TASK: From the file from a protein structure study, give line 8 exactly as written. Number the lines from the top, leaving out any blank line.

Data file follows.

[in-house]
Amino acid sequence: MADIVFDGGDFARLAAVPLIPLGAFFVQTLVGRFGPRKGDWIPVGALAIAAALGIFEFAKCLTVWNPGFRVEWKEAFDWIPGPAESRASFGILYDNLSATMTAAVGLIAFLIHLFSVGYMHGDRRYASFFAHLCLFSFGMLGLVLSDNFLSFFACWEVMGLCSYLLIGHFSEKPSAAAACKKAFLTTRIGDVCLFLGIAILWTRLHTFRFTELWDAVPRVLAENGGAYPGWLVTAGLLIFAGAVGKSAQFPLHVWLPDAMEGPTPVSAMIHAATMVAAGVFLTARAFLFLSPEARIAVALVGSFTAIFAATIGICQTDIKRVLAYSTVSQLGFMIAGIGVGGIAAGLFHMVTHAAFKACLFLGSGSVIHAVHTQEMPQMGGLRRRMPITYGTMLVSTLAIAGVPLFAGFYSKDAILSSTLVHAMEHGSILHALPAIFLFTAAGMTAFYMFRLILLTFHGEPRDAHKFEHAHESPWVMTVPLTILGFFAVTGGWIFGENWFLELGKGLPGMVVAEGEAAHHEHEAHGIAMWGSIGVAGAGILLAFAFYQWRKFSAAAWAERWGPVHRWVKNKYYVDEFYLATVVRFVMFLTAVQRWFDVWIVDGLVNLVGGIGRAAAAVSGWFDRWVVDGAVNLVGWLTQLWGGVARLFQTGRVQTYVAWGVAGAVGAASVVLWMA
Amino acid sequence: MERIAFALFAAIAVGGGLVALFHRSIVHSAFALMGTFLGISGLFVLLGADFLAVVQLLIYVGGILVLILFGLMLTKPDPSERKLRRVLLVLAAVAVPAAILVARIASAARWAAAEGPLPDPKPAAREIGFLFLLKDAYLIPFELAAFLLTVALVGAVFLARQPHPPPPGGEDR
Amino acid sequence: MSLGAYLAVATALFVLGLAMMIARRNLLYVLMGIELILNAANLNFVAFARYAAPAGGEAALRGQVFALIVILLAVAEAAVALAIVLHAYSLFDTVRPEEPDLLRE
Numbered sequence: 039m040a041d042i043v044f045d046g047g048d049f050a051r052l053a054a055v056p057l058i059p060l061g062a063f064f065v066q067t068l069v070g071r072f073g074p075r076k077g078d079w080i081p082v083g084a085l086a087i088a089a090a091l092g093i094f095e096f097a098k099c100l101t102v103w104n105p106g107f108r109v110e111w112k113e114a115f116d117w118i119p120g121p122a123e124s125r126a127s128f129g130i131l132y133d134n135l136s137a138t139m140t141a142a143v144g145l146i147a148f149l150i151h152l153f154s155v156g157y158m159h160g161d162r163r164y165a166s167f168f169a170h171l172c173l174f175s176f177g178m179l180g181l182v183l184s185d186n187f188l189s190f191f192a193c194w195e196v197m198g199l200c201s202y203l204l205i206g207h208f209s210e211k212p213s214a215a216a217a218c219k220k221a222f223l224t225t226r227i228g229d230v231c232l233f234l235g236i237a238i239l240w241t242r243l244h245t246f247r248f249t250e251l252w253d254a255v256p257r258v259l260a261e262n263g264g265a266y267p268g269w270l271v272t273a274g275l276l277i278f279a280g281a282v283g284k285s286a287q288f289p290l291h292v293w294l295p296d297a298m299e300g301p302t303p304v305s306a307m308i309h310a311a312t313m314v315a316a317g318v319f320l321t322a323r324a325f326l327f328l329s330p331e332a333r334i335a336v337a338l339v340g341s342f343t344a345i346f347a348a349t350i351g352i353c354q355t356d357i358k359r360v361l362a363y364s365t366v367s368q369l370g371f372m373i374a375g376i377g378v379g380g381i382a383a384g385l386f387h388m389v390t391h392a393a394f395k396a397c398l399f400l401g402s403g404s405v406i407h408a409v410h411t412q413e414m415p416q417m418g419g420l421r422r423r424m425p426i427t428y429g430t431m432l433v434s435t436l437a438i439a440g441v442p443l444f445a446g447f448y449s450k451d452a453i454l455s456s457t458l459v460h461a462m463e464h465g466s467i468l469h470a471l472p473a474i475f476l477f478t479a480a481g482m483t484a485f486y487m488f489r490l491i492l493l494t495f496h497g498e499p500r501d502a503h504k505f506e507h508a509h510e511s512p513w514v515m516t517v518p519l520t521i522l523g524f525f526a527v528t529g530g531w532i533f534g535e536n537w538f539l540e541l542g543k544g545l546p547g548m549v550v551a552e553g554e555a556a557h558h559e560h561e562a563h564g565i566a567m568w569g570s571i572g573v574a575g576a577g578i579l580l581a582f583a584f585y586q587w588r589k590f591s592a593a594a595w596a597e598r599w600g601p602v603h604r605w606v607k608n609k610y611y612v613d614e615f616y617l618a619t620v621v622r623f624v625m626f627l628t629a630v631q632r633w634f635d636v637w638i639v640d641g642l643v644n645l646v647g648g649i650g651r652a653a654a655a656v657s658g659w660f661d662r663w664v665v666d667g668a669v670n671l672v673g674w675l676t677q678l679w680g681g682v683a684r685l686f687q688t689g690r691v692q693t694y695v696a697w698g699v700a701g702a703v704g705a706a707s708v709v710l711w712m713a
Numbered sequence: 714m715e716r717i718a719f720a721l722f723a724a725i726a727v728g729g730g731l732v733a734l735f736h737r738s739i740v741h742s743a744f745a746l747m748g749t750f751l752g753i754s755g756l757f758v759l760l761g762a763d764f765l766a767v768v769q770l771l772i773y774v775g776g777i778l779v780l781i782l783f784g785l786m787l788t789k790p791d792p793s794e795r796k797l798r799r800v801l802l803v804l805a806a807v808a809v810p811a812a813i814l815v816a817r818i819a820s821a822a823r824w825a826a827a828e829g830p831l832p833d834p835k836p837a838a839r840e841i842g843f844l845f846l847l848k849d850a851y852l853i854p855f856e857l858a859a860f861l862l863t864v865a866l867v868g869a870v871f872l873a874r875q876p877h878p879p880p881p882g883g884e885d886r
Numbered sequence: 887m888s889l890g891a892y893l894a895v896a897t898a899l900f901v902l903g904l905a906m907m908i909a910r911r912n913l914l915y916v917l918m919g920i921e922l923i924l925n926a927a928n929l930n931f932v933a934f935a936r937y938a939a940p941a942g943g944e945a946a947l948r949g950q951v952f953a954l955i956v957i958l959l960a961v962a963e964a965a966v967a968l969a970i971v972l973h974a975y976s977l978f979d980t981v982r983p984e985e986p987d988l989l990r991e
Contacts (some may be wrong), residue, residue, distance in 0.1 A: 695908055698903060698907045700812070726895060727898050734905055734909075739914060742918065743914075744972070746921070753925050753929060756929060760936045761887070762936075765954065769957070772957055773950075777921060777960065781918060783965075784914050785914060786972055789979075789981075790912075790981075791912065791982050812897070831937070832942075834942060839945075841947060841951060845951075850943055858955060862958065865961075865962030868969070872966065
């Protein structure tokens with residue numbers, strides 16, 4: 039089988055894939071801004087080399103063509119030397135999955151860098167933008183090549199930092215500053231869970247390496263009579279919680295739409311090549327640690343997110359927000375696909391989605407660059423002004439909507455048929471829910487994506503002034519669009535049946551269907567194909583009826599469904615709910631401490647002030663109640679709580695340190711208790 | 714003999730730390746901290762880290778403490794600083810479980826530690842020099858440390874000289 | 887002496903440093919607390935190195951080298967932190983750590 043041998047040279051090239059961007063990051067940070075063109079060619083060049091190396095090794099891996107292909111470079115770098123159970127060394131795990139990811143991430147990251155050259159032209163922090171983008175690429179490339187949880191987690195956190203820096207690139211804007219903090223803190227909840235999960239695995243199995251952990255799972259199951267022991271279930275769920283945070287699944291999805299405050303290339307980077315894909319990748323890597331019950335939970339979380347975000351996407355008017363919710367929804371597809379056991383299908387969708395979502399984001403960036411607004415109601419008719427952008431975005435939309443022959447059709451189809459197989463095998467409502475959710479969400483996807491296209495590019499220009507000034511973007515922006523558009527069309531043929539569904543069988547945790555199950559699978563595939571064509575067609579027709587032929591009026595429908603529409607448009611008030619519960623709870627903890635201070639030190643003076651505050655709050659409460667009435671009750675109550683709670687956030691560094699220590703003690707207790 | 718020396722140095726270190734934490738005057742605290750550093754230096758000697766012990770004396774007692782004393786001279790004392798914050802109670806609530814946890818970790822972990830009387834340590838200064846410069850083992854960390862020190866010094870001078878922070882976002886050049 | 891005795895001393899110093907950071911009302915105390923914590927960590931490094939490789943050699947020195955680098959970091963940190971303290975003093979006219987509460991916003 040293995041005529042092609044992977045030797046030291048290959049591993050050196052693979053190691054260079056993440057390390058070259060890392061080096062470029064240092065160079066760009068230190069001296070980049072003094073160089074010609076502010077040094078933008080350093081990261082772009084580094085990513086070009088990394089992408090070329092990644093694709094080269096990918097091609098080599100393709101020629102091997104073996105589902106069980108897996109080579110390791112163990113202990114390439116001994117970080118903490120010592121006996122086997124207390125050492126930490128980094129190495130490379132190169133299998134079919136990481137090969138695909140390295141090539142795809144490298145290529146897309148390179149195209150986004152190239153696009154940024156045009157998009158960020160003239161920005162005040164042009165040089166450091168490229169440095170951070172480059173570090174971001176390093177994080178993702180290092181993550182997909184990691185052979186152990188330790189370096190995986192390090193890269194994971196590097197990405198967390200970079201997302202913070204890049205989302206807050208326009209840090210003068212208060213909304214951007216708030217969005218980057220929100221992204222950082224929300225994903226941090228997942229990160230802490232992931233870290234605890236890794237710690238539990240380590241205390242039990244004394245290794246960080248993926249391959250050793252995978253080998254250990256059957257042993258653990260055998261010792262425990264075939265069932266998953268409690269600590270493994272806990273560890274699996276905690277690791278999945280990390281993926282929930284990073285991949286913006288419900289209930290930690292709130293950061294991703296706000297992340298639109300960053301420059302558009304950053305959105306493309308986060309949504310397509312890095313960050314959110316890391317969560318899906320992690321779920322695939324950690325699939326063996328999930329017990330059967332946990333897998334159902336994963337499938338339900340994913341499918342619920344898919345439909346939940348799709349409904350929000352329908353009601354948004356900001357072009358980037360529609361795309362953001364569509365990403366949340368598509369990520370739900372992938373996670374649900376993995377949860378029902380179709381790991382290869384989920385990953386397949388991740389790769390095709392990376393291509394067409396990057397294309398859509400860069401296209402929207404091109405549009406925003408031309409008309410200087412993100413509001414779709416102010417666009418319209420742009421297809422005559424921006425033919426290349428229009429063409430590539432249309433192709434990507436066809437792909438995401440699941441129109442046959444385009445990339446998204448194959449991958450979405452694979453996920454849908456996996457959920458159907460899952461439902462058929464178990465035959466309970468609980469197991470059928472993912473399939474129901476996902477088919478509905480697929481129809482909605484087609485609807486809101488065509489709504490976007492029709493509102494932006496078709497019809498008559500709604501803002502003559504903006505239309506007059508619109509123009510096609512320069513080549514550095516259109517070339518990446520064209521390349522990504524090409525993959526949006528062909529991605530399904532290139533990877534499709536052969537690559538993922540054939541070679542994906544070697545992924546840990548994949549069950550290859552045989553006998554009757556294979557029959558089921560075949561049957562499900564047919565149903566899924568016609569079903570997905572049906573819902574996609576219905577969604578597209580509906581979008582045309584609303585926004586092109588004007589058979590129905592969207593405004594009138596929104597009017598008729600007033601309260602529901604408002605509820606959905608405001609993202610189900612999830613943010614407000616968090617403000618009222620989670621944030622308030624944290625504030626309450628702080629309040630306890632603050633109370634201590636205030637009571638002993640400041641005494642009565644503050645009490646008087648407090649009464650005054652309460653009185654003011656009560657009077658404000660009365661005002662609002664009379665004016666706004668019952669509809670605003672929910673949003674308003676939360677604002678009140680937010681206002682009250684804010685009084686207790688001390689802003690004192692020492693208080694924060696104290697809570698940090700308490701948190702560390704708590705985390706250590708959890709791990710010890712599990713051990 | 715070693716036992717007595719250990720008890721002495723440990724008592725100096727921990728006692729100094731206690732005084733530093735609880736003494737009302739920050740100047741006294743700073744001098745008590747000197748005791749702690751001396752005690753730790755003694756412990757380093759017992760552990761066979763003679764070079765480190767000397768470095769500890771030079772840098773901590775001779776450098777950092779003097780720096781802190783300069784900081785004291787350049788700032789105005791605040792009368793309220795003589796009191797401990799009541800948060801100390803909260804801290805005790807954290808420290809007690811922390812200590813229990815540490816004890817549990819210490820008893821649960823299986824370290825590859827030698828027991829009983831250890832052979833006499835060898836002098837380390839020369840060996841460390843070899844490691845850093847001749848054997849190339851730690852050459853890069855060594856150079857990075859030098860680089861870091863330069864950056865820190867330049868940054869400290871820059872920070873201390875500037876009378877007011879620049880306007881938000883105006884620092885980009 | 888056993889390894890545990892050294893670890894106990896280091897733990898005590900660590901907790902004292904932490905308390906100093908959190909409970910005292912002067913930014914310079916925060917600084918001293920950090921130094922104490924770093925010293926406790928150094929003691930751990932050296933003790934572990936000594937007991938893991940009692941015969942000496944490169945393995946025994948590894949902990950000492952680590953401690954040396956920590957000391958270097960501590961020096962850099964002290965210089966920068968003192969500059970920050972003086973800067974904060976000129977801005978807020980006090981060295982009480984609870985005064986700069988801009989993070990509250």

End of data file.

Contacts (some may be wrong), residue, residue, distance in 0.1 A: 695908055698903060698907045700812070726895060727898050734905055734909075739914060742918065743914075744972070746921070753925050753929060756929060760936045761887070762936075765954065769957070772957055773950075777921060777960065781918060783965075784914050785914060786972055789979075789981075790912075790981075791912065791982050812897070831937070832942075834942060839945075841947060841951060845951075850943055858955060862958065865961075865962030868969070872966065